Strategies for Returning to the Church

Our world is a fallen world. The effects of sin seem to be suffocating us. The diabolical is running rampant, unleashed, playing with immortal souls as if puppets on a string. Pride continues to dominate; repentance for anything is deemed archaic, of little use to today’s enlightened thinking.

Certainly this is not the positive language one wants to hear at the outset of a new year, when expectations and resolutions are running high. But all is not really so dire: the diabolical and pervasive sin has not crushed the divine light. “My Immaculate Heart will triumph,” promises the Lady of Fatima. There is a reason the Church opens a new year honoring the Mother of God: obedience to accepting one’s mission in life is the most daunting — and exciting — prospect we face on this earth. We have a guidebook in how to do it through Mary’s fiat.

Perhaps over holiday festivities and the euphoria — and stress — of families coming together, some readers might have encountered resistance from relatives regarding the graces offered in entering the mystery of faith during this holy season. Whether it was avoidance from some in either attending Christmas Mass or praying before a Christmas dinner, such discomforts surely existed. While certainly everyone is different, with their own freedom and right to privacy, perhaps there are some of you readers whose own children—raised in the Catholic faith you so diligently sought to instill in them — want nothing to do with it anymore. It is to this element I wish to address.

In my own experience, generally speaking, I have found degrees of toleration from lapsed or non-Catholics regarding matters of the faith — they know the Catholic Church continues to play an enormous part in global affairs while recalling their own experiences either through schooling or parish life. I have found that while the pervading motif of the millennial generation is a general shunning towards organized religion and regular church attendance, there yet remains a desire for an experience of the transcendent. And that desire is the silver lining.

Unfortunately, committed Catholics are not always quite the fearless galvanized evangelizers that each one is called to be. Marveling that St. Francis de Sales converted 40,000 is usually met with a shrug: “Well, that’s why he’s a saint.” But that’s the precisely the mentality that needs to change.

A Jesuit once posed in a homily, “Listen to conversations. How long does it take before God is ever mentioned?” Out of not wanting to create controversy, God is never mentioned. When he is, or when the Church is mentioned, Catholics are immediately put on the defensive. We can stay silent, letting the Uber driver, for example, have his say about the occultish practice of Catholics (as I experienced recently), or we can defend Holy Mother Church, as we would defend our own mother, and begin a conversation. The faith is not part of the pie of life. It is the pie.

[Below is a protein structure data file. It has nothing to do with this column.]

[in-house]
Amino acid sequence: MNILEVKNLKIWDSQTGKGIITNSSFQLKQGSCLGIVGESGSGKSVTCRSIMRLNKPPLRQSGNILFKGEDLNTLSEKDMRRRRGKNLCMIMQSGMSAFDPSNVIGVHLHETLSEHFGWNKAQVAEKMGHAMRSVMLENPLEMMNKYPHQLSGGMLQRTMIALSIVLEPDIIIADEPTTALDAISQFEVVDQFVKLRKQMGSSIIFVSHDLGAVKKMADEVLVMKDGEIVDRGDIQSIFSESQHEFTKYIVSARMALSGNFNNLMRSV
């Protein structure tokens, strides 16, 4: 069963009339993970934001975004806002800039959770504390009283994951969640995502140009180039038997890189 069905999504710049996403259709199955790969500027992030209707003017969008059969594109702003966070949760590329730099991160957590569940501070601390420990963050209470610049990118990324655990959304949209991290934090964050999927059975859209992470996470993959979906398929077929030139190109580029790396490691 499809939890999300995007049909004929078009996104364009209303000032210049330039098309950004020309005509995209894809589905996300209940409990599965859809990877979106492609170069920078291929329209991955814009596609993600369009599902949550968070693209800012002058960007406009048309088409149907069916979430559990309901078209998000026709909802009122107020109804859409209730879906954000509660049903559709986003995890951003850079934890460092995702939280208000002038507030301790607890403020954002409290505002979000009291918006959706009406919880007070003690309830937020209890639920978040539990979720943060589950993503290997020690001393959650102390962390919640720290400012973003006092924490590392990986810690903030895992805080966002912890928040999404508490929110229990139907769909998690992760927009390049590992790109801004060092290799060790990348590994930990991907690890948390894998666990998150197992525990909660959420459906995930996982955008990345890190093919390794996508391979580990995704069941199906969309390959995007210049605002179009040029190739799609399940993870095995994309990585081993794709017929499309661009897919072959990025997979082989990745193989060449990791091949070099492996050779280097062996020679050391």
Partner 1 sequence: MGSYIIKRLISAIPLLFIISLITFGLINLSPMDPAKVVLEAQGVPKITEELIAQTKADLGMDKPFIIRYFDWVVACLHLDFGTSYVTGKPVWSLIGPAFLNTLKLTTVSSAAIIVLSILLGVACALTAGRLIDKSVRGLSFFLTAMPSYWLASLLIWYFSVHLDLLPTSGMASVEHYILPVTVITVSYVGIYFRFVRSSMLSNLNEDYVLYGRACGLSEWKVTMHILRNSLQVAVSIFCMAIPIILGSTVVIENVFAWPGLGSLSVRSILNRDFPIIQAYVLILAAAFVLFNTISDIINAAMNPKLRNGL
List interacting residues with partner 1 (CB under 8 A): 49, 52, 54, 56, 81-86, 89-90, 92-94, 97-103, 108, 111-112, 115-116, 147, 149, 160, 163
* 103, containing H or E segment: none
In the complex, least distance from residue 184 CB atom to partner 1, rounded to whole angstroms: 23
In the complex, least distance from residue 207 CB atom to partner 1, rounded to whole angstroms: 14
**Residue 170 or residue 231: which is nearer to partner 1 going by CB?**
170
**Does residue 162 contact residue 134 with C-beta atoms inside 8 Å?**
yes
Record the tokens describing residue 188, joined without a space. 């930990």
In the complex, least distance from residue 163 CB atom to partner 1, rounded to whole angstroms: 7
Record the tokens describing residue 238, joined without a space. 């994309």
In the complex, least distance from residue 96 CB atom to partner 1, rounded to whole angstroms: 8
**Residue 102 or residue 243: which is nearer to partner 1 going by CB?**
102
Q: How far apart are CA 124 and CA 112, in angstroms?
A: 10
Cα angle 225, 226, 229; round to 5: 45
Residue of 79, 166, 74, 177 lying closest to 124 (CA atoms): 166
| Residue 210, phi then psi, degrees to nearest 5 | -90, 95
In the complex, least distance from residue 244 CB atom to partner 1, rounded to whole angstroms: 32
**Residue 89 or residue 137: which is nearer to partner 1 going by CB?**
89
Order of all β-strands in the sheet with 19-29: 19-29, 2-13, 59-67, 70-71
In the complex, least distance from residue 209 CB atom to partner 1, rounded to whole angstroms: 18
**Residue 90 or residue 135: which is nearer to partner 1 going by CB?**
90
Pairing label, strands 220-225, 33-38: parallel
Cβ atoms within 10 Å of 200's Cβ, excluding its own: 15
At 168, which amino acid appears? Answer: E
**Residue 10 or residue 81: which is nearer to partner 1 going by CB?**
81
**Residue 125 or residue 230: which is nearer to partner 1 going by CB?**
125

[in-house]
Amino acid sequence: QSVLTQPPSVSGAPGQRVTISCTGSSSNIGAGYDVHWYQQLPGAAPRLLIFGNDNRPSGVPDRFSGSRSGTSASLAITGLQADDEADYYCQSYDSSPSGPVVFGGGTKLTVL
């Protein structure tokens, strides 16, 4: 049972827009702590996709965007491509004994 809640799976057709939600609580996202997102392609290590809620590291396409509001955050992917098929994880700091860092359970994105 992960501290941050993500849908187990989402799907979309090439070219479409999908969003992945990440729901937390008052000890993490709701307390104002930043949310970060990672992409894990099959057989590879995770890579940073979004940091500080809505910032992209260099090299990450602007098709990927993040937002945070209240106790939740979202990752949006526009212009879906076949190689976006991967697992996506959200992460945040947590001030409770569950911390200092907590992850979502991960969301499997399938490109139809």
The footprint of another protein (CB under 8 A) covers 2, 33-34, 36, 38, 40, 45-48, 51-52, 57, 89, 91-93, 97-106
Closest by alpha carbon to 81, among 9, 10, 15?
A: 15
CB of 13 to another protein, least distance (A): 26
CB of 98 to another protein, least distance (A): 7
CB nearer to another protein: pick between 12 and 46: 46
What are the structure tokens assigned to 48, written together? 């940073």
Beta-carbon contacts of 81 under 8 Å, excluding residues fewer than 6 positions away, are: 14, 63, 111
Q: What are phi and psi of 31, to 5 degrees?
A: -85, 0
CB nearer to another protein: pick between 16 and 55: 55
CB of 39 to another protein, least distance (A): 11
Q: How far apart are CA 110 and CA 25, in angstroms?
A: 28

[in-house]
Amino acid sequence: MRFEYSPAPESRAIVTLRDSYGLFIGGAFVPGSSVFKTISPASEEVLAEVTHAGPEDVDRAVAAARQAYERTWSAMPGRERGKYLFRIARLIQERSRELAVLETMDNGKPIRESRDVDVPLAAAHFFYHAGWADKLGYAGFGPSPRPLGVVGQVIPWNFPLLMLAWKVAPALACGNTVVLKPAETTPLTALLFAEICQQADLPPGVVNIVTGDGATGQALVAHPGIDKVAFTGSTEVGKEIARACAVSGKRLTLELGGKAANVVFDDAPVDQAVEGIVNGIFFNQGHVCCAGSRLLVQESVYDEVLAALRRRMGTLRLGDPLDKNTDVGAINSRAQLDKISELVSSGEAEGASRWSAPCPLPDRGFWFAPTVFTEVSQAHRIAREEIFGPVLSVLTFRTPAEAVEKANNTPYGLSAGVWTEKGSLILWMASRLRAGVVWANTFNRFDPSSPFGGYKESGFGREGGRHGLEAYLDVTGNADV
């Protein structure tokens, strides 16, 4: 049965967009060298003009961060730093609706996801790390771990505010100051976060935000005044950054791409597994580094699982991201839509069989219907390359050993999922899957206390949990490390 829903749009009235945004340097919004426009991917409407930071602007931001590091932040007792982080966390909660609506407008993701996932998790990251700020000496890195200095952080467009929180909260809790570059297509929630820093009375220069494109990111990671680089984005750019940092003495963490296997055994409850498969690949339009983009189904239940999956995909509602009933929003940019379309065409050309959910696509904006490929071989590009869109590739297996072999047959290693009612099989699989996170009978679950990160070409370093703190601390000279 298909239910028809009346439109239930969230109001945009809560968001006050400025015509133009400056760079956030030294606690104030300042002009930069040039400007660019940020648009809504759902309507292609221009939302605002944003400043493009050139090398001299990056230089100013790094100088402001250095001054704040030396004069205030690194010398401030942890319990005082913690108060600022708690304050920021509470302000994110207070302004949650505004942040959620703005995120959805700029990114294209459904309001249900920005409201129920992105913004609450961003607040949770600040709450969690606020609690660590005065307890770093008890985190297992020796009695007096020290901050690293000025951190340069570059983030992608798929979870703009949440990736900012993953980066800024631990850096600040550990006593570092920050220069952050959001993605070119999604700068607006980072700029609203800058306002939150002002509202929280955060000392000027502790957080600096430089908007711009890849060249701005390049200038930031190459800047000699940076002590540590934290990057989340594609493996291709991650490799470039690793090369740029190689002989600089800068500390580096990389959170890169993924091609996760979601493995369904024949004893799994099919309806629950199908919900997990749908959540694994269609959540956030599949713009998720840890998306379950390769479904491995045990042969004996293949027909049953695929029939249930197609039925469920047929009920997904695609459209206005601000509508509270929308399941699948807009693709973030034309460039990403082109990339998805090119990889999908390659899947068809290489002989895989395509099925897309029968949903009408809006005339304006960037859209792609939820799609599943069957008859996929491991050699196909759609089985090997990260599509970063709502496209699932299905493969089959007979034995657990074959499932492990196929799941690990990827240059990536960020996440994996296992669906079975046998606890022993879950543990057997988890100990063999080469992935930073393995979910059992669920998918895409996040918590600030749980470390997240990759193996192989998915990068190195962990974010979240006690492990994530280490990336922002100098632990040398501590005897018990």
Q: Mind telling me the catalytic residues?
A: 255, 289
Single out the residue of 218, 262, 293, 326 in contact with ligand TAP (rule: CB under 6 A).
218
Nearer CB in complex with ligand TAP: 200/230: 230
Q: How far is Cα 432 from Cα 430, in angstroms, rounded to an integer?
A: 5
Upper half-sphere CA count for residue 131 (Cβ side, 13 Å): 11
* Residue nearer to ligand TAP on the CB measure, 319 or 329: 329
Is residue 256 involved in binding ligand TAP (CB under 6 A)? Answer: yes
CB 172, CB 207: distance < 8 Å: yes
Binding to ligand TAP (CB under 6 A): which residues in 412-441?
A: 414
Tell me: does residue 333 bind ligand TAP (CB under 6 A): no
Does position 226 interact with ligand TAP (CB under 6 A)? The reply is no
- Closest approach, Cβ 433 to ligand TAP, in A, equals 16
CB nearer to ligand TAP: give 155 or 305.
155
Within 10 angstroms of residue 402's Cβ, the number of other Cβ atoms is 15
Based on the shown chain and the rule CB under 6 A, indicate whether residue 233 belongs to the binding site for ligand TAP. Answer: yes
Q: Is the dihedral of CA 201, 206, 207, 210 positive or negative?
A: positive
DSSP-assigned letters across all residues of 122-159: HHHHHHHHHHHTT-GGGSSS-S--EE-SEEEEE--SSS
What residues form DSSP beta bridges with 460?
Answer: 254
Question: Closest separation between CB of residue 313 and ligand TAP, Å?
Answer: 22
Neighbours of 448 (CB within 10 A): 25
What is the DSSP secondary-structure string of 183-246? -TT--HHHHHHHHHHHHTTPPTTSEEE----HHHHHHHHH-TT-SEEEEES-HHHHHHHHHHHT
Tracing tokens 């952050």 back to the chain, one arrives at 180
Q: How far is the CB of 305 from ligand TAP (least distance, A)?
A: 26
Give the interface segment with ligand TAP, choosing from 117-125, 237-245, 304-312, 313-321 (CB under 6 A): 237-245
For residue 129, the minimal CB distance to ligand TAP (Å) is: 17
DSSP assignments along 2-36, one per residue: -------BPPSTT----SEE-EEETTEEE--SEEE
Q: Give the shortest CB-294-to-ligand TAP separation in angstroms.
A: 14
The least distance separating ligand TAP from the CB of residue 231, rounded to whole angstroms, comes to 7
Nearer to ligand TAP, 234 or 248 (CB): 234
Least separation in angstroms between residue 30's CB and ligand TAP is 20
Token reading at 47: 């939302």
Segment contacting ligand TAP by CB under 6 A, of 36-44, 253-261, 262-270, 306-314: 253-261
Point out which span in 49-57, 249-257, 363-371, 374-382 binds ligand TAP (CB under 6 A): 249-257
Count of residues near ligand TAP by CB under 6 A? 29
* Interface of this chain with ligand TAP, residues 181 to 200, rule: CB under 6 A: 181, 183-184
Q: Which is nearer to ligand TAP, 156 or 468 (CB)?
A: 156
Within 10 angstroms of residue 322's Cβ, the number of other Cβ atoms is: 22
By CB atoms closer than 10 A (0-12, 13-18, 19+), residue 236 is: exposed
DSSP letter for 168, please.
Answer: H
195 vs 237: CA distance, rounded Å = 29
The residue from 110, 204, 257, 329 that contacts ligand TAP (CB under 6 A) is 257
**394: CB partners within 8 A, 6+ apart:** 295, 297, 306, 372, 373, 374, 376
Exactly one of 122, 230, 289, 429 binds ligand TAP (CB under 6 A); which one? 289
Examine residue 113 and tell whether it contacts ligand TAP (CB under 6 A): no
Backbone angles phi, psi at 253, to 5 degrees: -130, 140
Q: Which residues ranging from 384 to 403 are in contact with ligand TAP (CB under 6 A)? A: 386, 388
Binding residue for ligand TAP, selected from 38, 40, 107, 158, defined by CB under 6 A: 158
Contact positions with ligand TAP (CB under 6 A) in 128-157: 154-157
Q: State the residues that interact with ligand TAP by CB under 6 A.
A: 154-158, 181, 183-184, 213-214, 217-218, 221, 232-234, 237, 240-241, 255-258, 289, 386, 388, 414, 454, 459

I have come to believe that, in this era, accommodation will not work. Appeasing the culture may seem like a conciliatory gesture, but those on the opposite side most probably will not respect such compromise—even if they do not agree with the position in question. In reading Paul Kengor’s new book, A Pope and a President, on President Reagan and Pope St. John Paul II’s battles against communism, the consistency in the Church’s long running condemnation of communism as far back as Pius IX is impressive. The Church may have apologized for grievous actions throughout its long history, but it has never apologized for being magnificent.

So, how to engage your lapsed love one on returning to the Church? After all, that is our sole duty—to grow into our authentic selves, made in the image of God, and safeguard our immortal souls and those of others towards eternal life. Remembering we can only extend an invitation, a proposal, respecting the freedom of others, here are some strategies:

I: Know Thyself

Be yourself a model of virtue.

Live the Gospel, avoiding hypocrisy, condemnation of others, descent into pettiness. If you consider yourself a Catholic first and desire others to feel that same zeal, your example is the best model. Just like Mary.

Avoid “preaching.”

Respectfully engage in conversation in whatever topic arises. Listen to the other person. Avoid shouting or screaming. Do not let a discussion become an argument or a fight. But know the teachings rather than relying on your own emotions in the heat of the moment.

Pray constantly (1 Thessalonians 5:16).

Read Scripture daily, particularly the Gospels, alone or with family. Have the Catechism handy. Always be reading a spiritual work. Your own edification will inevitably seep into your own worldview. Petition the Trinity for guidance. Ask saints for intercession. Call on the Blessed Mother multiple times a day.